Designing a specialised trailer system to help an extra-large load “creep” under powerlines on its way to the coalfields is the sort of innovation drawing industry attention to TEAM Group.
The Mackay-based firm has made the finals in two categories of the 2016 Queensland Mining Contractor Awards for solutions developed for the Grosvenor mine construction project.
TEAM walked away with a gong from the same awards in 2014 and also won the Safety Foremost Award in this year’s Resource Industry Network Chairman’s Awards.
Sales manager Tom Chambers said the group had a track record as problem-solvers.
“The reason that we’ve been successful is we probably look at things with fresh eyes and from a different angle,” he said.
“We have good experienced people through the ranks, but particularly engineering wise, and they are able to come up with solutions that other people just don’t seem to see.”
TEAM was responsible for the erection of two stackers and two reclaimers at the new Grosvenor mine near Moranbah – a contract largely won due to its ability to come up with a cost-effective way of getting an 83-tonne girder to site from Mackay harbour.
“The people in China who made the machine didn’t take into consideration or weren’t aware of the transport logistics problems with shipping such a big piece,” Mr Chambers said.
The girder – 21.34 m long, 6.35m wide and 6.28 m high – became over-height for road transport once it went onto a loader, he said.
“The height restriction along any transport route in Queensland means anything over 6.5m requires isolation and disassembly of power lines,” Mr Chambers said.
“The options were cut it up into smaller pieces, take it out to site and put it back together – but that would destroy the integrity of the component. It would mean a lot of welding and it had internal strengtheners which would be disrupted, so it wasn’t really a viable option to do that.”
The transport system TEAM designed allowed the girder’s tallest point to sit at the lowest part of a trailer which could be lowered to within 20cm of the road surface to crawl under powerlines.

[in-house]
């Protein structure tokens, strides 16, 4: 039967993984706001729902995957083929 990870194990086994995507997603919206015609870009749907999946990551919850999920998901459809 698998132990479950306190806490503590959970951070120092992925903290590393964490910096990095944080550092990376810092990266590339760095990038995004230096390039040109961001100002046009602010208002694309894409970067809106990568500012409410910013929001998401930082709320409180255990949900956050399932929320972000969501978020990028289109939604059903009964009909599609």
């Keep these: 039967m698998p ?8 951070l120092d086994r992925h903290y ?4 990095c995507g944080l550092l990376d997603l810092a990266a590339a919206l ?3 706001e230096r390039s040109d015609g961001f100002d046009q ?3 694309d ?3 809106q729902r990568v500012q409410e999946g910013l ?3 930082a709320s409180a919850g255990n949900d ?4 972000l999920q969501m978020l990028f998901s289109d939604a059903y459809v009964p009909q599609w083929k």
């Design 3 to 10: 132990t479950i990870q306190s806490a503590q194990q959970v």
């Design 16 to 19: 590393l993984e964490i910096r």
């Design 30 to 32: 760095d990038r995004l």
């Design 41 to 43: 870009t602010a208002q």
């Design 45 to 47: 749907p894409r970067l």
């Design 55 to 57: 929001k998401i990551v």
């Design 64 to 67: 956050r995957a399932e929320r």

Mr Chambers said the end result, with no need to take down powerlines, had saved the client about $500,000. The alternative option of cutting down and rebuilding the component wasn’t viable while redesigning, remanufacturing and shipping could have set mine development back as much as two years, he said.
TEAM is also in the running for an award for its approach in lifting a 143-tonne, boomerang-shaped portal frame into place on its mounting points at Grosvenor.
“The manufacturer suggested using two 100-tonne cranes and two 200-tonne cranes. We proposed to use two cranes only,” Mr Chambers said.
This cut complexity and cost out of the job and was achieved through the fabrication of metal shoes that helped the piece roll up rather than slide along the ground during the lift.
“That took a lot of stresses and transfer forces out and was a lot easier on the equipment as well,” Mr Chambers said.
TEAM moved into larger premises in Paget in early July after downsizing very early in the resource industry downturn.
Mr Chambers said the mining supply industry in Central Queensland had switched from a construction phase to a production phase.
“Whilst there have been a lot of cutbacks in spending, particularly in maintenance in the last few years, I think we’re going to see that increase and I do feel that happening now,” he said.
TEAM had recently won a contract to fabricate two rotary breaker barrels for BMA, which will be the first major job to be completed in our new premises, he said.
Mr Chambers said awards like the Queensland Mining Contractors Awards helped raise awareness in the general population about the mining supply sector.
“The other thing is that companies get recognition. I know, after we won that one two years ago, you couldn’t buy the publicity that we got from that.
“It was fantastic. We had magazine articles and were on TV. We were able to use the logos on our marketing.
“When you go tendering on jobs, anything that can separate you from the pack is really significant. It makes a difference.”